Having made his name in Champagne, Peter Crawford is now pumping some of his abundant energy into cider, writes Peter Ranscombe.
FEW Champagne enthusiasts can match Peter Crawford’s energy.
The Palmerston restaurant and shop in Edinburgh is buzzing with lunchtime chatter when we meet, but it’s still his laughter and baritone that fill the wood-panelled room.
Crawford began his Champagne journey as a student in St Andrews, working in the old Oddbins shop on Bell Street alongside the legendary Peter Wood, who now runs St Andrews Wine Company.
His career as a physiotherapist led him to London, but his enthusiasm for sparkling wine continued to draw him across the Channel each month for 20 years, visiting vineyards, meeting producers, and building up contacts within the Champagne industry.
When his physiotherapist practice closed down, he took the plunge and turned his passion into his day job.
Having supplied the Champagne for his friend Daniel Blatchford’s wedding, the pair decided to go into business together and Sip Champagnes was born.
The company specialises in bottles from small producers, often called “grower Champagnes” because the farmers turn their own grapes into wine, rather than selling them to the big companies behind the well-known brands to to co-operatives.
Since launching in June 2020, Sip has doubled its number of producers from 25 to around 50, with more than 150 Champagnes now listed on its website.
They include the really impressive Famille Delouvin Semper Fidelis 2014 (£60, Sip Champagnes), which displays classic bruised red apple, brown sugar, and toasted white bread on the nose.
Its high acidity is well-balanced by more red apple, brown sugar, and toast on the palate, plus richer digestive biscuit.
On the finish, it’s fresher green apple that comes to the fore, with much more concentrated fruit flavours on the palate than the nose suggests.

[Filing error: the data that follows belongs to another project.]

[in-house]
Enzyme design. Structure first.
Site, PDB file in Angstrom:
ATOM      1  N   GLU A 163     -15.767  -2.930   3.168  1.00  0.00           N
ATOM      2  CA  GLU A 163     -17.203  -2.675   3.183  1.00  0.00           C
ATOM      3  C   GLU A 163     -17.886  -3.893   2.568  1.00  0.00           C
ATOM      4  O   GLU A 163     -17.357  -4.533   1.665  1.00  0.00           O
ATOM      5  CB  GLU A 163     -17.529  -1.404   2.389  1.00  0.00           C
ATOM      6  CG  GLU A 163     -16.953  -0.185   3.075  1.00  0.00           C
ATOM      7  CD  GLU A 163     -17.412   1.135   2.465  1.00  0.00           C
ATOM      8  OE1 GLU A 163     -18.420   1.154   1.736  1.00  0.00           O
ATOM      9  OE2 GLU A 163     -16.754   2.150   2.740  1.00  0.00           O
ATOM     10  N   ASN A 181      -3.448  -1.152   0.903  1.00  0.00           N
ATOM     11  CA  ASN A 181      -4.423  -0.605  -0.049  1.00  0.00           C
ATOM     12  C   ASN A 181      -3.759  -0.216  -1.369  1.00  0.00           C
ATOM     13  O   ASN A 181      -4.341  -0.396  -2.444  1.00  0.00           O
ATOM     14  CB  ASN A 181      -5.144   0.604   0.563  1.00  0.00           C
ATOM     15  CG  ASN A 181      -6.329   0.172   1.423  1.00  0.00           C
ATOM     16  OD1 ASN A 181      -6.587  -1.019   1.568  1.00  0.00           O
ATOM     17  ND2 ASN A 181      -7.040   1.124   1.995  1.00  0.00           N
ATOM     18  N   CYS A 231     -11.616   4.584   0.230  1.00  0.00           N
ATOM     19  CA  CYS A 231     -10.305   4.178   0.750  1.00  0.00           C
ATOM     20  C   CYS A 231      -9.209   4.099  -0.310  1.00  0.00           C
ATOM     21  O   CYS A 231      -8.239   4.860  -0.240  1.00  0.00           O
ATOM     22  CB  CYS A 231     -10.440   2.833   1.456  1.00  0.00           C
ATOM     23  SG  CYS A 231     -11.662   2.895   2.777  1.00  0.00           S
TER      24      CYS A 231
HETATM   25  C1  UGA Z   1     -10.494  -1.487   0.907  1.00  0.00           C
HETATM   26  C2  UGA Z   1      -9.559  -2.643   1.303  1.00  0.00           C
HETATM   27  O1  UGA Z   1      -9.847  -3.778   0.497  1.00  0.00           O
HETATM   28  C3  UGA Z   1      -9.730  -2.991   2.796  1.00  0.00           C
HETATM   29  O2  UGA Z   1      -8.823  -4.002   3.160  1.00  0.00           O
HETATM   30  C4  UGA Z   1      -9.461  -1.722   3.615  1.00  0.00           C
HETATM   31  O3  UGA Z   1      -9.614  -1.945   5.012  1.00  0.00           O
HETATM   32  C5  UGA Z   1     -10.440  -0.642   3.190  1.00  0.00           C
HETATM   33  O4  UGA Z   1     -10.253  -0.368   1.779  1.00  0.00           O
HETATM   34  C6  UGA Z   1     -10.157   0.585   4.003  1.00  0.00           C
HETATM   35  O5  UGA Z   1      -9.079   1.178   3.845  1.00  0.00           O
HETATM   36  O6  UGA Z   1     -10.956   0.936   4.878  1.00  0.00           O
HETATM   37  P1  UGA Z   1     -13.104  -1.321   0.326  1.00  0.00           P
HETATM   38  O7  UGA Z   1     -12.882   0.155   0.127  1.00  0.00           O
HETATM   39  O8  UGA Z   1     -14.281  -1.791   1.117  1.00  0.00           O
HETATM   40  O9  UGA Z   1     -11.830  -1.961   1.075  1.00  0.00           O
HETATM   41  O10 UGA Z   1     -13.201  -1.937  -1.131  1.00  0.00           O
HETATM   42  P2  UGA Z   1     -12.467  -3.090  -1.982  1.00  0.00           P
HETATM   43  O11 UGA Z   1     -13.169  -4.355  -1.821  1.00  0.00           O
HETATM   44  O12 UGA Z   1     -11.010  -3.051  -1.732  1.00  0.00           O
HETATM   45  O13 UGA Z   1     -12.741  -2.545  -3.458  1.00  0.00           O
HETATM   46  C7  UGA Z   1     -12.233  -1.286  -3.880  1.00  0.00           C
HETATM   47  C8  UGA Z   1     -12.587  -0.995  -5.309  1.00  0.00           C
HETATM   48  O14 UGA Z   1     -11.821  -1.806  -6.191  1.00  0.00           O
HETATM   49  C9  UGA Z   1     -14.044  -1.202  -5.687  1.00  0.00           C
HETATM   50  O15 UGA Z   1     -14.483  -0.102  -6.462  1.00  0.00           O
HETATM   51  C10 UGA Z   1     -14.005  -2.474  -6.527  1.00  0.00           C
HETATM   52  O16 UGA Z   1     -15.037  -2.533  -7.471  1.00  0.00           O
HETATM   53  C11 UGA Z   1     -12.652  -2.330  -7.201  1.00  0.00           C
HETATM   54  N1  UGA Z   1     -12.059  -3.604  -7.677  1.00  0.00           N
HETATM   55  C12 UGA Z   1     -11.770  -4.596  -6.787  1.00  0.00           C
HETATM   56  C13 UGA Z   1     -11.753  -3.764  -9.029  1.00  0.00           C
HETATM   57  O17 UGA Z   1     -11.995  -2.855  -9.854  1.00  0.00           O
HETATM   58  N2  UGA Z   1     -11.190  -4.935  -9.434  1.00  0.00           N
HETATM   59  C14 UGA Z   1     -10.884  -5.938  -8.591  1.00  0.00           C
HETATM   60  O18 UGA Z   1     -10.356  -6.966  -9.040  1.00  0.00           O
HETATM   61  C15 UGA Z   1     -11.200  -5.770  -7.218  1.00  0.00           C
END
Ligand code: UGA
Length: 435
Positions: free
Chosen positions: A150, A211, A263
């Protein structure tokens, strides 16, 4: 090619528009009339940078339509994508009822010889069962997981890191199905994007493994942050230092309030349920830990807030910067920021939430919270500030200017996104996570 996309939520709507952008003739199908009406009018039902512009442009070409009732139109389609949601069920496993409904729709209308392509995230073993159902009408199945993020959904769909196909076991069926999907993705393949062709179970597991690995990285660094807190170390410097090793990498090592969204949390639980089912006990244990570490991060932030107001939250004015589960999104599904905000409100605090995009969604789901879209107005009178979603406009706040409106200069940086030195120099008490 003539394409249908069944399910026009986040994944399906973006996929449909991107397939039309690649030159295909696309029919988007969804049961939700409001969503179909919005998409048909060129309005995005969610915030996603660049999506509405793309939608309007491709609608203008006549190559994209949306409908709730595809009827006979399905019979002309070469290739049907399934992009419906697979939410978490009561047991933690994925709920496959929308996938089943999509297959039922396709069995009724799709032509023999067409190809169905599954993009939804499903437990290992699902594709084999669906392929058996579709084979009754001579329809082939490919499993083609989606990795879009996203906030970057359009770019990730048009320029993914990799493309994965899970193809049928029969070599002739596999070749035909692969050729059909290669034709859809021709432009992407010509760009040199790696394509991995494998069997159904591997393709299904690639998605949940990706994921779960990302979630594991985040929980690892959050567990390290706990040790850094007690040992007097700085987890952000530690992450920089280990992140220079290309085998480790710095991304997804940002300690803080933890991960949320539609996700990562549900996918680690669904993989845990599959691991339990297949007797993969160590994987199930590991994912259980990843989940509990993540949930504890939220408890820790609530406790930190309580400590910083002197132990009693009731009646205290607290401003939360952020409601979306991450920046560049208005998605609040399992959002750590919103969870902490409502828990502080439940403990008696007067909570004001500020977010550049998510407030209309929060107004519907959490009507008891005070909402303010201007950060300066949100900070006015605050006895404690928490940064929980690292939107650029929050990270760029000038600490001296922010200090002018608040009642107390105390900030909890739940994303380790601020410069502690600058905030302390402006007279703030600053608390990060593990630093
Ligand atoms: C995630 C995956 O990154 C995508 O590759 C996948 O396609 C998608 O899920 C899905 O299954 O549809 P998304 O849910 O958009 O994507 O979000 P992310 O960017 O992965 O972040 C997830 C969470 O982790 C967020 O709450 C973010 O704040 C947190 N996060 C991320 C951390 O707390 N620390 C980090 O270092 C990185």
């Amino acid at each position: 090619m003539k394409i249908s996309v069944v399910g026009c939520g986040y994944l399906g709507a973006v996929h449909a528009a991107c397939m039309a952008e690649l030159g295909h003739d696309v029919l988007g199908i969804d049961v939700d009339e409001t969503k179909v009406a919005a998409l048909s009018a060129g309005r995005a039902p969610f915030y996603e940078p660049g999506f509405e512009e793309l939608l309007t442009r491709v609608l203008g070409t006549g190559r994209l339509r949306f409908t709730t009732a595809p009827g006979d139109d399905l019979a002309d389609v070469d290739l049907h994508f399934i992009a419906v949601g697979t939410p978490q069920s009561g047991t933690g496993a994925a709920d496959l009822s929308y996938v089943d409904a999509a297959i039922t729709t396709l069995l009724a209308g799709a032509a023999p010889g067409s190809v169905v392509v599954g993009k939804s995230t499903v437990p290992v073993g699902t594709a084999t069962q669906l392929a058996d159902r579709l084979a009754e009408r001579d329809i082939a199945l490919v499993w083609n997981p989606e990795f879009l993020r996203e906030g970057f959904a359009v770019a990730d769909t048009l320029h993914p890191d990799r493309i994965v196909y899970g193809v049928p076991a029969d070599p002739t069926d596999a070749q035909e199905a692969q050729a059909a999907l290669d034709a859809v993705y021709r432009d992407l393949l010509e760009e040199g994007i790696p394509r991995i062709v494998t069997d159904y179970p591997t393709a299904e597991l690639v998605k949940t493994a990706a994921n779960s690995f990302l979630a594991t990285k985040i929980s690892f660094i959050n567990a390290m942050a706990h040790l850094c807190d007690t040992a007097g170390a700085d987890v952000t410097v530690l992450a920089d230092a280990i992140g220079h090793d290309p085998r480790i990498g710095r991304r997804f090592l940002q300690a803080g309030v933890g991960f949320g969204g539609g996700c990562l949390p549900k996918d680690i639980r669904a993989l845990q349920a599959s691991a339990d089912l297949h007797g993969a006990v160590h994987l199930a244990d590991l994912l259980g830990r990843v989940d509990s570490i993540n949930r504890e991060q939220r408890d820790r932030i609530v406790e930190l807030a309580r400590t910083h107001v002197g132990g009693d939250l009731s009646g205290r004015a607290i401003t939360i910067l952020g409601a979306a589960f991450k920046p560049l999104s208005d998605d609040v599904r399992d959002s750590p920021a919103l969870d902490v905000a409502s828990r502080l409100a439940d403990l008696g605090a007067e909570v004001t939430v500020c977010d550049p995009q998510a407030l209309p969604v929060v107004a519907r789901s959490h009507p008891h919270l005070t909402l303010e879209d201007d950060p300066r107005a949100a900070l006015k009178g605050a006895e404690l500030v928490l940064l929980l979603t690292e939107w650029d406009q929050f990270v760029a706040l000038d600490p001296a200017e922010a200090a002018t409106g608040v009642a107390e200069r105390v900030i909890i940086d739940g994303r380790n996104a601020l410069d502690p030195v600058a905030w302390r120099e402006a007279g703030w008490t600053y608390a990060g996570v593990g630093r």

A cider that will appeal to Champagne and Prosecco fans
This weekend, Crawford will be indulging his other passion – cider.
Around a dozen Scottish cider producers are gathering at Guardswell Farm near Inchture between Perth and Dundee for “Pressed”, a celebration of the cider and perry scene, with Crawford swapping his Sip hat for his Naughton Cider Company head gear.
His family has an arable farm at Balmerino near Newport-on-Tay in Fife, where Crawford planted 1,200 apple trees between 2018 and 2020, supplementing those already growing in the farm’s ancient orchard.
Having made his own Champagne for the first time in 2018, he decided to try his hand at cider making the following year, using some of his own apples and others harvested from North-East Fife.
Uncorking a bottle of his 2019 vintage with a conversation-stoppingly loud “pop”, he shares a sneaky taste of the cider before it goes on sale.
Tonnes of bruised apple, lemon rind, and some metallic aromas on the nose lead into high acidity and juicy red and green apples on the palate, with a twist of vanilla custard on the finish to help balance all those sharp flavours.
Its production borrows some winemaking techniques, with Champagne yeasts used for the first fermentation to turn the apple juice into alcohol and the second fermntation to add the bubbles.
Some 35% of the cider spends time in young oak barrels, which impart those vanilla flavours.
His 2019 vintage cider has already spent 21 months on its “lees” – the dead yeast cells left over after the fermentation – to help build its body and texture, and balance its acidity, with Crawford aiming for a total of 24 or 30 months before releasing future vintages.
“My other cuvees will do other things but, ultimately, I want this one to be an aperitif, an alternative for people who don’t want Champagne or Prosecco,” Crawford explains, adding that his 2020 vintage is on course to be even fresher.
Look out out for the 2019 in the coming weeks, when it will join Crawford’s Lanthorn Craft Cider 2020 and his single variety Homage to Hogg 2020, made from apples on an orchard he manages in Oxfordshire.
Read more of Peter Ranscombe’s wine, beer, and spirits reviews on his drinks blog, The Grape & The Grain.